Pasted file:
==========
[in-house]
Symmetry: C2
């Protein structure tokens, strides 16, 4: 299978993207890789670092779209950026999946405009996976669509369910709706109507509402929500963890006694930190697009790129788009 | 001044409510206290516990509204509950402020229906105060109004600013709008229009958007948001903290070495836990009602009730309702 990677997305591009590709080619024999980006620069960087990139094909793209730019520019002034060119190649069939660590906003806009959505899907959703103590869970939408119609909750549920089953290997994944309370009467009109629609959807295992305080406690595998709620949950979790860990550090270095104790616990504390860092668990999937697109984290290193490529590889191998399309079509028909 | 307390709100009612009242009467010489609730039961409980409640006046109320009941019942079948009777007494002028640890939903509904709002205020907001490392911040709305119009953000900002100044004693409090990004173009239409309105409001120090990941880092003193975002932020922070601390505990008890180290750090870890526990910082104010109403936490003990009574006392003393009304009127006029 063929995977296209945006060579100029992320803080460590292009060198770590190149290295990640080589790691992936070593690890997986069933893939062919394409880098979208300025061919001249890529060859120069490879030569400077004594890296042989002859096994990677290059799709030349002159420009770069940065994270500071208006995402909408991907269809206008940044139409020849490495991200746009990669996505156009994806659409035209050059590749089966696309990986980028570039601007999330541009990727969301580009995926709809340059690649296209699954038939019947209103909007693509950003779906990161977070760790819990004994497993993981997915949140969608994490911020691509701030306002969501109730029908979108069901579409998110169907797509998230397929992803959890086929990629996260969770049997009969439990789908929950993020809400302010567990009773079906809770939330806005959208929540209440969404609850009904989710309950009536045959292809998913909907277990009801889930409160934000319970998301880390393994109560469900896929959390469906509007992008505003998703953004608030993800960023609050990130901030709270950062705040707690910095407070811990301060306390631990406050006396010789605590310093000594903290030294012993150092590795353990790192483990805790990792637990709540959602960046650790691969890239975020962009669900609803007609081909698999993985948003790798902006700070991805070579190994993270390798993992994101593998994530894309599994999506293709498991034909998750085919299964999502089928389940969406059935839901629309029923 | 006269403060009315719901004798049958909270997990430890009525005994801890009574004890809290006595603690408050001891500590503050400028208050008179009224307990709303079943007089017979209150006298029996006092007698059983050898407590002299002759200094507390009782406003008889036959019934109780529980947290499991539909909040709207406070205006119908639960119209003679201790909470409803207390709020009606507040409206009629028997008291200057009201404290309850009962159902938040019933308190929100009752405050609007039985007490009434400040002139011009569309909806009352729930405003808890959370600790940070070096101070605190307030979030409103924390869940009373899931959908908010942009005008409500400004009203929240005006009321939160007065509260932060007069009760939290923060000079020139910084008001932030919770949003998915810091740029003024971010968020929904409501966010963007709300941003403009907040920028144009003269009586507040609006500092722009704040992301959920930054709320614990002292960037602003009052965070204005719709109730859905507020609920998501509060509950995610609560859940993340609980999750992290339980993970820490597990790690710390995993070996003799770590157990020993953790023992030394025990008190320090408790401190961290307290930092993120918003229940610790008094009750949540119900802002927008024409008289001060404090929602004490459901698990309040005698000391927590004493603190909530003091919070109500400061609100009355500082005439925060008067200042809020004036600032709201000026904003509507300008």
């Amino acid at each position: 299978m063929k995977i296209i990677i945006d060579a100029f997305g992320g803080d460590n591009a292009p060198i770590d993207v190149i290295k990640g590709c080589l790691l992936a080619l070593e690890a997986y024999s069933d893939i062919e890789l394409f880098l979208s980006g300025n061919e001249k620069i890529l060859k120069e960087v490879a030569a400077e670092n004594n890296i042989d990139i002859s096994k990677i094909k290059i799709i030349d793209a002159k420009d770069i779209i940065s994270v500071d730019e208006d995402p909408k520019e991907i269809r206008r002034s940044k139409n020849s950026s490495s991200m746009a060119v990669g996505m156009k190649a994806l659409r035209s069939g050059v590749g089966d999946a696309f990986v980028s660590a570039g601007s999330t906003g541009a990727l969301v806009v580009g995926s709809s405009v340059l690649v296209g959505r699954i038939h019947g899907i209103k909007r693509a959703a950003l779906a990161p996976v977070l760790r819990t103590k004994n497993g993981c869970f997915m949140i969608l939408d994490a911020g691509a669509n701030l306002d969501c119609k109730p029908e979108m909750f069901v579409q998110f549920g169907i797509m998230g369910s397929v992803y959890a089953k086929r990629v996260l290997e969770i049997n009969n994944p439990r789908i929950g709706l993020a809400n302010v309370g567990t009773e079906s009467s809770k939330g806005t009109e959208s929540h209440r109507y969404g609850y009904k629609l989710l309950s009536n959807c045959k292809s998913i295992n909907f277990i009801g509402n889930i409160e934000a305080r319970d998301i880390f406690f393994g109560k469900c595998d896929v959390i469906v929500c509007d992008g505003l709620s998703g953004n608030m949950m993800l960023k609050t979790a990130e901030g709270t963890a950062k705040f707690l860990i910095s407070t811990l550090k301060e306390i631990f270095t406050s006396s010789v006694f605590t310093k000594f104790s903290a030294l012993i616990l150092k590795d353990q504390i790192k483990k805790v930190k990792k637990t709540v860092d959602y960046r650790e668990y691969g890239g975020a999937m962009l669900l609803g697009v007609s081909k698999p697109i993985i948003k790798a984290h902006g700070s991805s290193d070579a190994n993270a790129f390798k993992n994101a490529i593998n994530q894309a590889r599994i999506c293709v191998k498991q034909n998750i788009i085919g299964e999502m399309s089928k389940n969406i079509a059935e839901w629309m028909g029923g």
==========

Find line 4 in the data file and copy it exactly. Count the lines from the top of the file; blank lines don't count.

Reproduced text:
């Amino acid at each position: 299978m063929k995977i296209i990677i945006d060579a100029f997305g992320g803080d460590n591009a292009p060198i770590d993207v190149i290295k990640g590709c080589l790691l992936a080619l070593e690890a997986y024999s069933d893939i062919e890789l394409f880098l979208s980006g300025n061919e001249k620069i890529l060859k120069e960087v490879a030569a400077e670092n004594n890296i042989d990139i002859s096994k990677i094909k290059i799709i030349d793209a002159k420009d770069i779209i940065s994270v500071d730019e208006d995402p909408k520019e991907i269809r206008r002034s940044k139409n020849s950026s490495s991200m746009a060119v990669g996505m156009k190649a994806l659409r035209s069939g050059v590749g089966d999946a696309f990986v980028s660590a570039g601007s999330t906003g541009a990727l969301v806009v580009g995926s709809s405009v340059l690649v296209g959505r699954i038939h019947g899907i209103k909007r693509a959703a950003l779906a990161p996976v977070l760790r819990t103590k004994n497993g993981c869970f997915m949140i969608l939408d994490a911020g691509a669509n701030l306002d969501c119609k109730p029908e979108m909750f069901v579409q998110f549920g169907i797509m998230g369910s397929v992803y959890a089953k086929r990629v996260l290997e969770i049997n009969n994944p439990r789908i929950g709706l993020a809400n302010v309370g567990t009773e079906s009467s809770k939330g806005t009109e959208s929540h209440r109507y969404g609850y009904k629609l989710l309950s009536n959807c045959k292809s998913i295992n909907f277990i009801g509402n889930i409160e934000a305080r319970d998301i880390f406690f393994g109560k469900c595998d896929v959390i469906v929500c509007d992008g505003l709620s998703g953004n608030m949950m993800l960023k609050t979790a990130e901030g709270t963890a950062k705040f707690l860990i910095s407070t811990l550090k301060e306390i631990f270095t406050s006396s010789v006694f605590t310093k000594f104790s903290a030294l012993i616990l150092k590795d353990q504390i790192k483990k805790v930190k990792k637990t709540v860092d959602y960046r650790e668990y691969g890239g975020a999937m962009l669900l609803g697009v007609s081909k698999p697109i993985i948003k790798a984290h902006g700070s991805s290193d070579a190994n993270a790129f390798k993992n994101a490529i593998n994530q894309a590889r599994i999506c293709v191998k498991q034909n998750i788009i085919g299964e999502m399309s089928k389940n969406i079509a059935e839901w629309m028909g029923g």